At buildOn, we celebrate the creative and adventurous steps that members of the buildOn movement take to support education and service at home and abroad. Our “Members of the Movement” series highlights the vital work these supporters are doing to help empower youth and end the education crisis.
In the Islamic faith, you’re rewarded for doing good deeds, and typically, those good deeds end when your life ends. But there are three exceptions to this rule: you can have a righteous son or daughter who prays for you, provide a recurring charity, or give a recurring piece of knowledge. Like a school.
Qais Feroz first learned about buildOn through his work as an engineer with SolarCity. When he heard about the SolarCity GivePower Foundation — which brings sustainable solar power to buildOn constructed schools—he was inspired to get involved. One night over dinner with his longtime friend Rafee Al Mansur, Qais mentioned wanting to raise money to build a school. By the end of the meal, Rafee was convinced that he wanted to be a part of it too, and they’ve been working towards their goal ever since.
Qais and Rafee both grew up in Maryland and became friends while attending Johns Hopkins University in Baltimore. Inspired by their own love of learning and Muslim faith, they formed a friendship that has involved service and education from the start. In college, they launched a tutoring program in Baltimore City Schools to help kids follow their dreams of starting careers in STEM (science, technology, engineering and math). And from there, a seed was planted that would grow into their involvement with buildOn.
Qais and Rafee are committed to raising $30,000 by this the end of this year to build a school in Senegal. West Africa has a rich history of education, but there is a huge deficit and need for primary education. This disparity, and buildOn’s success in this part of the world, is one of the factors that helped them choose Senegal as the site of their school.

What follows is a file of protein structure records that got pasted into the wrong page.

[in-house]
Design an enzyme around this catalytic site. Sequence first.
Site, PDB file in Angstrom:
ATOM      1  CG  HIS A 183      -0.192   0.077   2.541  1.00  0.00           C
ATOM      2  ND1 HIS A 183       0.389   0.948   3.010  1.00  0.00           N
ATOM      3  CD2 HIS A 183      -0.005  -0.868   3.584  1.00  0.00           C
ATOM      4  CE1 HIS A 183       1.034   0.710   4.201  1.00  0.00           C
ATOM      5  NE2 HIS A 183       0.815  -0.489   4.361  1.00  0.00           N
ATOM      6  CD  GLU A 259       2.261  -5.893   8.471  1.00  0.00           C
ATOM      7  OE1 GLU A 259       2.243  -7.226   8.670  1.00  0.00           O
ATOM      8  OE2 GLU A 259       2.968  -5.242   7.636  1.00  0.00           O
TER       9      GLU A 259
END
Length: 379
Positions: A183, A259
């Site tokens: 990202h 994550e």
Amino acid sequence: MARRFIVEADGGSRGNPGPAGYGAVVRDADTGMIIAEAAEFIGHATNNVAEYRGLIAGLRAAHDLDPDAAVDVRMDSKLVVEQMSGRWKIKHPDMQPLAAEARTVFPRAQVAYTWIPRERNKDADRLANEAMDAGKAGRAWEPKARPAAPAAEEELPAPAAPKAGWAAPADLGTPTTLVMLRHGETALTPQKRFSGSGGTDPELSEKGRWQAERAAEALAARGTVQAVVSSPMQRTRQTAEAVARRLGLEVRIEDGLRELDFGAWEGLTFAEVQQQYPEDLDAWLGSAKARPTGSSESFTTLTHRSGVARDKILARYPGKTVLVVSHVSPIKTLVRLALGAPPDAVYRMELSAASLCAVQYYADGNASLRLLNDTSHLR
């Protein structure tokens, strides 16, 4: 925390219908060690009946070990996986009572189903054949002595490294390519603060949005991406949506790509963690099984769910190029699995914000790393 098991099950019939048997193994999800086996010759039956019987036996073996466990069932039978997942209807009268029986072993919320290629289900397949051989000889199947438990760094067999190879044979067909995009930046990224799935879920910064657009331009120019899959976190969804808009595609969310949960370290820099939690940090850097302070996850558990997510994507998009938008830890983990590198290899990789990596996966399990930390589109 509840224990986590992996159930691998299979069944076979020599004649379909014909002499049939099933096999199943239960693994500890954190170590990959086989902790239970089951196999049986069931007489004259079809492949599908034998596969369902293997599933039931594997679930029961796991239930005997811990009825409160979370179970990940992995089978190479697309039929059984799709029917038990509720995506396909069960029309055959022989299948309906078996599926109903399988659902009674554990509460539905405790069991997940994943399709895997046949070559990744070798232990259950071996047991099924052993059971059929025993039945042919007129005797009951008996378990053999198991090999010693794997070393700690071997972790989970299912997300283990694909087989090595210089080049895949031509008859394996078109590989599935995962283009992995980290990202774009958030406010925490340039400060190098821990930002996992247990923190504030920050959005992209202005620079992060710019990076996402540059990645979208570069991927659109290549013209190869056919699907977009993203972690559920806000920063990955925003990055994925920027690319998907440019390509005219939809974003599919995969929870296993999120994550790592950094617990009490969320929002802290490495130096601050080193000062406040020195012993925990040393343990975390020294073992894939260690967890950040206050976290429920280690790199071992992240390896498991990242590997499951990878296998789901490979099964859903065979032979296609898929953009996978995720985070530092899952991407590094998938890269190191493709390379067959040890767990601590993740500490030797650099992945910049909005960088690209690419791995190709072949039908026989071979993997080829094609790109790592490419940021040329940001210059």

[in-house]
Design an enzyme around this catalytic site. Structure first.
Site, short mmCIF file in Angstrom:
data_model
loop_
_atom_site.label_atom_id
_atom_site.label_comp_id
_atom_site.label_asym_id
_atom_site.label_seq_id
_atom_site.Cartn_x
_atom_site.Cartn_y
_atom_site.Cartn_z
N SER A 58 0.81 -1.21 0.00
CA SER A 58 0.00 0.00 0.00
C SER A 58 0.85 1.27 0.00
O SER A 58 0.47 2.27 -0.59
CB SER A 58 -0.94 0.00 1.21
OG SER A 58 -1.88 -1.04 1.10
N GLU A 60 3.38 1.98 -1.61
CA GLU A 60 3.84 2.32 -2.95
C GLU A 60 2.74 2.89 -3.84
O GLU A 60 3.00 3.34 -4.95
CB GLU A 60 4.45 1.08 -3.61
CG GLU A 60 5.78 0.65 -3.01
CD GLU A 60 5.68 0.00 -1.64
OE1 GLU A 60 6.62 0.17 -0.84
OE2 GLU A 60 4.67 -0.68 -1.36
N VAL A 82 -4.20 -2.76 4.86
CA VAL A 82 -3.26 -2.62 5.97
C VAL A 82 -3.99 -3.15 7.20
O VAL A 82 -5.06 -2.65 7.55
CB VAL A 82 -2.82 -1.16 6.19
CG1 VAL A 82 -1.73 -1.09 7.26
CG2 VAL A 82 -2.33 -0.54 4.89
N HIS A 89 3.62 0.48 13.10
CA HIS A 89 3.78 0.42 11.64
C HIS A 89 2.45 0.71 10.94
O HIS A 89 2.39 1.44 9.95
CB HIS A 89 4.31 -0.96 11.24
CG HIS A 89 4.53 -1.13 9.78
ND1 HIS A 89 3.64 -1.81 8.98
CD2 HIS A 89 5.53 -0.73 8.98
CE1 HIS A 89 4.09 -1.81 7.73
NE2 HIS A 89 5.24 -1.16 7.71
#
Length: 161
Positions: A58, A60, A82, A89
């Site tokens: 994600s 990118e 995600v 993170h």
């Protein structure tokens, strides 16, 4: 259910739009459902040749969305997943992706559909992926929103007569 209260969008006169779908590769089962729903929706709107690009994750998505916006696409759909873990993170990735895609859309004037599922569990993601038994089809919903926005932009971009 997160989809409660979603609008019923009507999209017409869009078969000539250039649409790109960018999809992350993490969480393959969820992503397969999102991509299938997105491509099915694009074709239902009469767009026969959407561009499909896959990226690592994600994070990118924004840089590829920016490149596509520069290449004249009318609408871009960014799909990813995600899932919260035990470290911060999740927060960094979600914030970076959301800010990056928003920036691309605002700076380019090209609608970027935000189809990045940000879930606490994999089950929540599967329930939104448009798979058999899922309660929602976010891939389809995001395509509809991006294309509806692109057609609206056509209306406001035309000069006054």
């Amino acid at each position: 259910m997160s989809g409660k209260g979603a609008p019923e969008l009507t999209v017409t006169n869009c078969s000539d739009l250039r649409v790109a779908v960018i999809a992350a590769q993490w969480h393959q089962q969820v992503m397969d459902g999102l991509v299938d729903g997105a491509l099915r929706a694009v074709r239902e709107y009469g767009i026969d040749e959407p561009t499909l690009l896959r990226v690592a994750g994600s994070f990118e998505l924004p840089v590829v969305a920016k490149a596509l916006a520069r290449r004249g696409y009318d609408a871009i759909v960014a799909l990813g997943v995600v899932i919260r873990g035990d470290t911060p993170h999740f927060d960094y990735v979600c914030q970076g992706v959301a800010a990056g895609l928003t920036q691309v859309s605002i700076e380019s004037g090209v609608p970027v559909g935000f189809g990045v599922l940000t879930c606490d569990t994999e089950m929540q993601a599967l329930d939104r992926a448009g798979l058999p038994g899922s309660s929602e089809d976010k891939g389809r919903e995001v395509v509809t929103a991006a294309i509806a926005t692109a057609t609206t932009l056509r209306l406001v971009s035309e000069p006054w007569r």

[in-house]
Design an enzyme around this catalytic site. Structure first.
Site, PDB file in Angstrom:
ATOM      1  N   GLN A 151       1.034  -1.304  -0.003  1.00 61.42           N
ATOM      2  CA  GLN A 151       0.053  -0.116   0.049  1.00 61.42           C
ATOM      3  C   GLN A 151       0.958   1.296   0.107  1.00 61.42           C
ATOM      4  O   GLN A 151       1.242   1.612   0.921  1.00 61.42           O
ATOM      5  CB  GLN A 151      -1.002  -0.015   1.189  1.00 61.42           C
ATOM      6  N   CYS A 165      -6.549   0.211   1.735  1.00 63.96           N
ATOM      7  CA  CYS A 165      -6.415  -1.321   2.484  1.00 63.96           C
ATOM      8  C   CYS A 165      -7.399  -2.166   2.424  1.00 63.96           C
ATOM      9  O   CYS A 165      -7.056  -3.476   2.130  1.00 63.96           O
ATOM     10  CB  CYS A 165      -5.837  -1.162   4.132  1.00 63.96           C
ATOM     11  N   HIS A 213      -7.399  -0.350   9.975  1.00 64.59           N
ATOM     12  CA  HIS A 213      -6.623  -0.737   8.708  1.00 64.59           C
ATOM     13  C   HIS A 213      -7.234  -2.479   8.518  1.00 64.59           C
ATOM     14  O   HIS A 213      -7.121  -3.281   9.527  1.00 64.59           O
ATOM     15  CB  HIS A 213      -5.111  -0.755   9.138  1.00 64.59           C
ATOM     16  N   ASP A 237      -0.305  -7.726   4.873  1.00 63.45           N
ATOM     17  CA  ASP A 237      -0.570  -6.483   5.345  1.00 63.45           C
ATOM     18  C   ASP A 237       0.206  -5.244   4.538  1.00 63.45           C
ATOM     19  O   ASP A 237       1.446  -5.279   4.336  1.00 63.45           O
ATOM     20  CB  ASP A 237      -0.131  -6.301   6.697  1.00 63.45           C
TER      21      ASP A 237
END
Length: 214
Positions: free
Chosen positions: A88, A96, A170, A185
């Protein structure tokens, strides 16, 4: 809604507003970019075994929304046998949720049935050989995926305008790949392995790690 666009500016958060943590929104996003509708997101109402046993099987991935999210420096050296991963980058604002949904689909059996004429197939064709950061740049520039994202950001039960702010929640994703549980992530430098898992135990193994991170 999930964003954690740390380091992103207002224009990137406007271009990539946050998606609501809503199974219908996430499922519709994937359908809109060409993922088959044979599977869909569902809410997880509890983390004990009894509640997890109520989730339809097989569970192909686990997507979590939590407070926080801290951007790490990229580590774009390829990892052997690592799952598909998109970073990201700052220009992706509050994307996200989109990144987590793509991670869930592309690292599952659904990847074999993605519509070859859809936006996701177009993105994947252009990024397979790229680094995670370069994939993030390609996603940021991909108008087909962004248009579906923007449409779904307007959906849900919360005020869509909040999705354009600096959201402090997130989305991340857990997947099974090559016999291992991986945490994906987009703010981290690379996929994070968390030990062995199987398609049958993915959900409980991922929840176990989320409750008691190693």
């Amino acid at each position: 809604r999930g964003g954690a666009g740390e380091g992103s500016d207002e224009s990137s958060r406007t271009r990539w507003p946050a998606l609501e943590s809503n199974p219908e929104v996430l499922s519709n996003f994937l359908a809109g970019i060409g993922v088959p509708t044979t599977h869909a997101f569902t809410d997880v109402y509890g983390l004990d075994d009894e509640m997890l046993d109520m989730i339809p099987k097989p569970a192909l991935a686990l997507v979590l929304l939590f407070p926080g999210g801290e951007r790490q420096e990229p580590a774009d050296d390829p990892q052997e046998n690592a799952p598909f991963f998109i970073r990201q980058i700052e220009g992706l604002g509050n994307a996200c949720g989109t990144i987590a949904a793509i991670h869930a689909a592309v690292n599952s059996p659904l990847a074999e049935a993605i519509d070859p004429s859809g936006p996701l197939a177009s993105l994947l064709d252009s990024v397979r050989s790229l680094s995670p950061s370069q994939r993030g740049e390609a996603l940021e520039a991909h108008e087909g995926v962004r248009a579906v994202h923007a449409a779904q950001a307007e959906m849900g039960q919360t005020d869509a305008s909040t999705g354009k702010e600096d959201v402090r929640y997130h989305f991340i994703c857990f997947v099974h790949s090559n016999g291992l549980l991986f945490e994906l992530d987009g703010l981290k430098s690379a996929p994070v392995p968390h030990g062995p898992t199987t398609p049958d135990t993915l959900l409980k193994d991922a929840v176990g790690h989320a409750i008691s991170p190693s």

“At the end of the day, every change that we make is going to be something small. But when you have a school full of young, inspired individuals, they’re going to create something much bigger than you know,” says Qais. “So when you give them the tools, the books, the hammers, the nails, and the basic skills, they can solve their own problems. They’re not going to need us.”
“It sounds a lot like sustainability,” says Rafee. “You’re providing an essential building block that kids wouldn’t be able to achieve in life without getting this information. You can’t really put a price tag on the value this would have.”
Qais and Rafee will be joining buildOn in Senegal to help with the school’s construction, and they hope to help install solar power at the new school through the SolarCity GivePower Foundation. You can follow their journey and contribute to their campaign at their buildOn fundraising page.
Posted August 29, 2016 in Stories by Wendy Herman